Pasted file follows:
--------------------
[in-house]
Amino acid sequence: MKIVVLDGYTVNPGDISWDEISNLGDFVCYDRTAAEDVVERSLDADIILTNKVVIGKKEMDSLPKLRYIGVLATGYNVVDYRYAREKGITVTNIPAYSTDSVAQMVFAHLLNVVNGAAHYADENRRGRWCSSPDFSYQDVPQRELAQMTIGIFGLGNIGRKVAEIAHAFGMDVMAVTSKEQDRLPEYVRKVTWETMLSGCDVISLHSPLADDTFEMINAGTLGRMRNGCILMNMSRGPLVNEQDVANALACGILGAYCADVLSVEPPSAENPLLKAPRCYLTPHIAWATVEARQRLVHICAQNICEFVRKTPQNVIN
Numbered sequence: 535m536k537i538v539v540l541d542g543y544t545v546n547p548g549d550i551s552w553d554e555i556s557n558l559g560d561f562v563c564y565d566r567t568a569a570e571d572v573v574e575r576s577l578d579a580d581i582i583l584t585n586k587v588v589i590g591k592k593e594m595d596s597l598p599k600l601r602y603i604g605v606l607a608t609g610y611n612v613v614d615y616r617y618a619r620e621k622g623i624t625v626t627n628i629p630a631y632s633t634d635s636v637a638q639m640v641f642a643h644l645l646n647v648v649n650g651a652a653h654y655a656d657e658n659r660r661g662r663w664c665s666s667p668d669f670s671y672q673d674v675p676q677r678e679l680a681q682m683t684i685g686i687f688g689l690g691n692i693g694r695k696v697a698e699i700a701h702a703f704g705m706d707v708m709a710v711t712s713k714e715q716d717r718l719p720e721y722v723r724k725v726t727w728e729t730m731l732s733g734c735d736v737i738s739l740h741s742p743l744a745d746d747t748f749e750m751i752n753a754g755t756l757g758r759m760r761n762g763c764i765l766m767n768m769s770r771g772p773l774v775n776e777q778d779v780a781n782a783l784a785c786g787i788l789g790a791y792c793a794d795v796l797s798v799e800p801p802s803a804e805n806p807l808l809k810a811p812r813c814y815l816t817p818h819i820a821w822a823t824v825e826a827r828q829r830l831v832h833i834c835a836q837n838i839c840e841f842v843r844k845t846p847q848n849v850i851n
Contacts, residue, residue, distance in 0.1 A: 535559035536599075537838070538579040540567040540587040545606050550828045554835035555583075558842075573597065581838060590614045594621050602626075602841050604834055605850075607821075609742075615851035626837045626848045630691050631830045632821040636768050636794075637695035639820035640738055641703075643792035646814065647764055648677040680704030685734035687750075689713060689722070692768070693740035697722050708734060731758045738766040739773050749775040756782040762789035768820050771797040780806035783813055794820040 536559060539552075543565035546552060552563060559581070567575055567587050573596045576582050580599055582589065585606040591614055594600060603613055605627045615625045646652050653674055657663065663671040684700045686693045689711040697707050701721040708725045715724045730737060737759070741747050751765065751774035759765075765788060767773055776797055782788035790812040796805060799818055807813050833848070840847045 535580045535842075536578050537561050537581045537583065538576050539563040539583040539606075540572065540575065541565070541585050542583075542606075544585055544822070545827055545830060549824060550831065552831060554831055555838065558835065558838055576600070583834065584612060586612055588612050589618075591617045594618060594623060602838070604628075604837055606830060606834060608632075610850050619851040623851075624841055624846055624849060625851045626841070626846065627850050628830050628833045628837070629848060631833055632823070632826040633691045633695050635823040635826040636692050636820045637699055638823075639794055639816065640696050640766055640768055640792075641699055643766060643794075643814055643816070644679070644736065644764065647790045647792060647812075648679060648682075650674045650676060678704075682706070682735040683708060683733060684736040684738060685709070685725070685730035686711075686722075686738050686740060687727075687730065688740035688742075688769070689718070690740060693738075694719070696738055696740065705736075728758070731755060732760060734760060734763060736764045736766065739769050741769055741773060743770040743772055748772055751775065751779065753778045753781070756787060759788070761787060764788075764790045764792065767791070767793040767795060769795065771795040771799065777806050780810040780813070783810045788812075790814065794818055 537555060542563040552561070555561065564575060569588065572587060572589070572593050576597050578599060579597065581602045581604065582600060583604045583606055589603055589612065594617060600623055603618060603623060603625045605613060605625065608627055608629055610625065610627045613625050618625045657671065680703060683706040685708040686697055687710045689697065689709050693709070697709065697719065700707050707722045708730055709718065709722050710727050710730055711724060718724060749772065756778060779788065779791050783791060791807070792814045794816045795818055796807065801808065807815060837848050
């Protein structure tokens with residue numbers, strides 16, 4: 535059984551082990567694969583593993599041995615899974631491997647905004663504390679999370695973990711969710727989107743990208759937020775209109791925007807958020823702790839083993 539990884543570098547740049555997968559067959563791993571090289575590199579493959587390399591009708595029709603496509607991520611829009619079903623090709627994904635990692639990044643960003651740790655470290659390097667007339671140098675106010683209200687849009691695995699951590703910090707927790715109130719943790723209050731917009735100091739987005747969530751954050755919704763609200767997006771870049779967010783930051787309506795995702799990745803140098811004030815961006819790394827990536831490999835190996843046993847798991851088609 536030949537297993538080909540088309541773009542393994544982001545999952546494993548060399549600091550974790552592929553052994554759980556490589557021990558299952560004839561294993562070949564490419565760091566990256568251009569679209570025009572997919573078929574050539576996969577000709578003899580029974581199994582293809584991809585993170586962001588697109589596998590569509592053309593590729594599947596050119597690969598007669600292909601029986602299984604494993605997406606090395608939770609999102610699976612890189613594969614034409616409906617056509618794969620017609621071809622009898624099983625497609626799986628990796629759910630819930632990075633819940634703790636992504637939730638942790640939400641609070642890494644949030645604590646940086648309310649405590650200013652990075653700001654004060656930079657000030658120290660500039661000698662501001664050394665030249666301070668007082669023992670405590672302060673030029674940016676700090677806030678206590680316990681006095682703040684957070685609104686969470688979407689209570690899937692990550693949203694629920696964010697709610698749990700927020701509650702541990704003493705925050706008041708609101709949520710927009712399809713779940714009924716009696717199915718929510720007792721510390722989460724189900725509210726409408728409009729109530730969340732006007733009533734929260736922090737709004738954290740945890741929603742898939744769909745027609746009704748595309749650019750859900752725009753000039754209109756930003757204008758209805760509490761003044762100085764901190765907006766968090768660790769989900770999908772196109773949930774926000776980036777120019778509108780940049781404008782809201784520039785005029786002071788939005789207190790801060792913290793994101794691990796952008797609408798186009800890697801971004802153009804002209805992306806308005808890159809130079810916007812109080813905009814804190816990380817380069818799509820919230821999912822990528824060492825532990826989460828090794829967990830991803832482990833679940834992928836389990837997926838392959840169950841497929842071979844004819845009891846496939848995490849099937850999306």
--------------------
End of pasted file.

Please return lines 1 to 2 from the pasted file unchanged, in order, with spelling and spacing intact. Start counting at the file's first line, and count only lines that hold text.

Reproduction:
[in-house]
Amino acid sequence: MKIVVLDGYTVNPGDISWDEISNLGDFVCYDRTAAEDVVERSLDADIILTNKVVIGKKEMDSLPKLRYIGVLATGYNVVDYRYAREKGITVTNIPAYSTDSVAQMVFAHLLNVVNGAAHYADENRRGRWCSSPDFSYQDVPQRELAQMTIGIFGLGNIGRKVAEIAHAFGMDVMAVTSKEQDRLPEYVRKVTWETMLSGCDVISLHSPLADDTFEMINAGTLGRMRNGCILMNMSRGPLVNEQDVANALACGILGAYCADVLSVEPPSAENPLLKAPRCYLTPHIAWATVEARQRLVHICAQNICEFVRKTPQNVIN